Calendar of Events 2017

We are looking for new members...

Are you interested in learning a musical instrument? Do you have an interest in history? Would you like to travel and perform with a fun musical group?
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Loyalist Fifes and Drums

The Loyalist Fifes and Drums is a recreated fife and drum corps of the American Revolution period (1776-1784). The purpose of this group is to honour the important role played by Loyalists.
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Our Mission

Most organisations have something they are trying to achieve and our group is no different. The following is the group's Mission Statement, which outlines our basic purpose.
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The U.E.L. Heritage Centre & Park

The Loyalist Fifes and Drums is funded and operated by the U.E.L Heritage Centre & Park. The 72-acre historic site has been open to the public since 1956, and provides a fascinating look at early loyalist life.
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Your Fearless Leaders

Mike Putnam was born and raised near Hamilton Ontario...Andrea Putnam was born and raised in Kingston...
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About Us - What is a Fife & Drum Corps?

During the American Revolution music played an important roll in operation of the army. In fact, without music, the army could not properly function.

Today, the modern military uses radios, satellites, and computers to transmit orders. However, in the age of flintlock muskets and scarlet uniforms, music was used to communicate with the army. From sunrise to sunset, the fifes and drums played signals, which told the army what to do. Reveille was played at daybreak to tell the soldiers to wake up. Dinner Call told them when it was time to eat. The Troop told them when the fall in for parade, and the Retreat told them when their working day was over.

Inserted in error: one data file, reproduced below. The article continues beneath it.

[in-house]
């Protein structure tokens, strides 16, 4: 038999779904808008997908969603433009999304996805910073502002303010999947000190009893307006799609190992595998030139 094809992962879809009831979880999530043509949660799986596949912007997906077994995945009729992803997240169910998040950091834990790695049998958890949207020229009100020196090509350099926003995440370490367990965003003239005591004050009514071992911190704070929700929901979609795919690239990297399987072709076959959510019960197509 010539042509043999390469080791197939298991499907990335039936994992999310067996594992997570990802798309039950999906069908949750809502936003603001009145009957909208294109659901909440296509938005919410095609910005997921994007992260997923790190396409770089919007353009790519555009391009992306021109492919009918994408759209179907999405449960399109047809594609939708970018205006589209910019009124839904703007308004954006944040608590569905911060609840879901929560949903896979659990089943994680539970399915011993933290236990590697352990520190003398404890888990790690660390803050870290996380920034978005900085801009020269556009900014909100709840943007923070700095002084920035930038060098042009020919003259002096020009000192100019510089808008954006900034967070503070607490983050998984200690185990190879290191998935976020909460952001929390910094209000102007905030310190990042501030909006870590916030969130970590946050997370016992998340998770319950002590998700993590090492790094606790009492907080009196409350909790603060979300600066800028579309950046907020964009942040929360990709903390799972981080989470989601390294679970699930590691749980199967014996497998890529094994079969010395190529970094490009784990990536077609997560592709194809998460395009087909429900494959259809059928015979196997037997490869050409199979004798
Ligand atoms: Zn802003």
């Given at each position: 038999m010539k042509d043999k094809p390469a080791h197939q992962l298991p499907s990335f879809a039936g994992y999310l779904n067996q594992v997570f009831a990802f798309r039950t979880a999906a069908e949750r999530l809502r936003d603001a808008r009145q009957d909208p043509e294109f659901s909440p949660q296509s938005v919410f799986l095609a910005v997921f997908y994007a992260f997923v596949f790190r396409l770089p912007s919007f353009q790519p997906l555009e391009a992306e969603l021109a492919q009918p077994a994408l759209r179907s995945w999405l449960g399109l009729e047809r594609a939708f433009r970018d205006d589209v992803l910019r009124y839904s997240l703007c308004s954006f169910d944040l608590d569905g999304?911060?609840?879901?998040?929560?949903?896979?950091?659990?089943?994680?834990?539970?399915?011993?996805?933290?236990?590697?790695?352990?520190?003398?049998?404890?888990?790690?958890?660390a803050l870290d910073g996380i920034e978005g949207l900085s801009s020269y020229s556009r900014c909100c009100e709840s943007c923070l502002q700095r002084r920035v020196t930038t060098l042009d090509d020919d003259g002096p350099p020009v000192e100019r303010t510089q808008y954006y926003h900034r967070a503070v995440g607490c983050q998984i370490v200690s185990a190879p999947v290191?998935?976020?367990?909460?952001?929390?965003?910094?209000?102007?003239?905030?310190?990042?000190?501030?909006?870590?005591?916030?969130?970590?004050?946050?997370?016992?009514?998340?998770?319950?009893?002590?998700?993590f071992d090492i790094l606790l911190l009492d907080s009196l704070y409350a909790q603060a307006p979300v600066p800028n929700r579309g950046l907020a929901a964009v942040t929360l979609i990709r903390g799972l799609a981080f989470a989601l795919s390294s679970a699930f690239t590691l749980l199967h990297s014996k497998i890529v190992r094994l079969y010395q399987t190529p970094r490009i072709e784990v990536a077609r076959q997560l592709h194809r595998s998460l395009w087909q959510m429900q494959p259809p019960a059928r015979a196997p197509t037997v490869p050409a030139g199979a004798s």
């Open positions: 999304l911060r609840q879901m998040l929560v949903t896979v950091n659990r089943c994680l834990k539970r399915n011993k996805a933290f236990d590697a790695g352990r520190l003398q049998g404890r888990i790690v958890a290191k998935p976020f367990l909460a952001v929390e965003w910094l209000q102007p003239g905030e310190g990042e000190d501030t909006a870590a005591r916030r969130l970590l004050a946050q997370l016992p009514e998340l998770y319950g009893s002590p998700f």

Fifes and Drums were also used to provide music on the march and for ceremonies. We know that they often played the popular tunes of the day. In fact, it was not uncommon to use a fife and drum for dances at the local tavern.

Generally, the British army allocated two fifers and drummers for every 50-100 soldiers. A regiment was a group of soldiers that travelled together, and totalled around 1000 men. An average regiment had around 20 fifers and drummers. This group was known collectively as "The Drums" and was led by the Drum Major and Fife Major.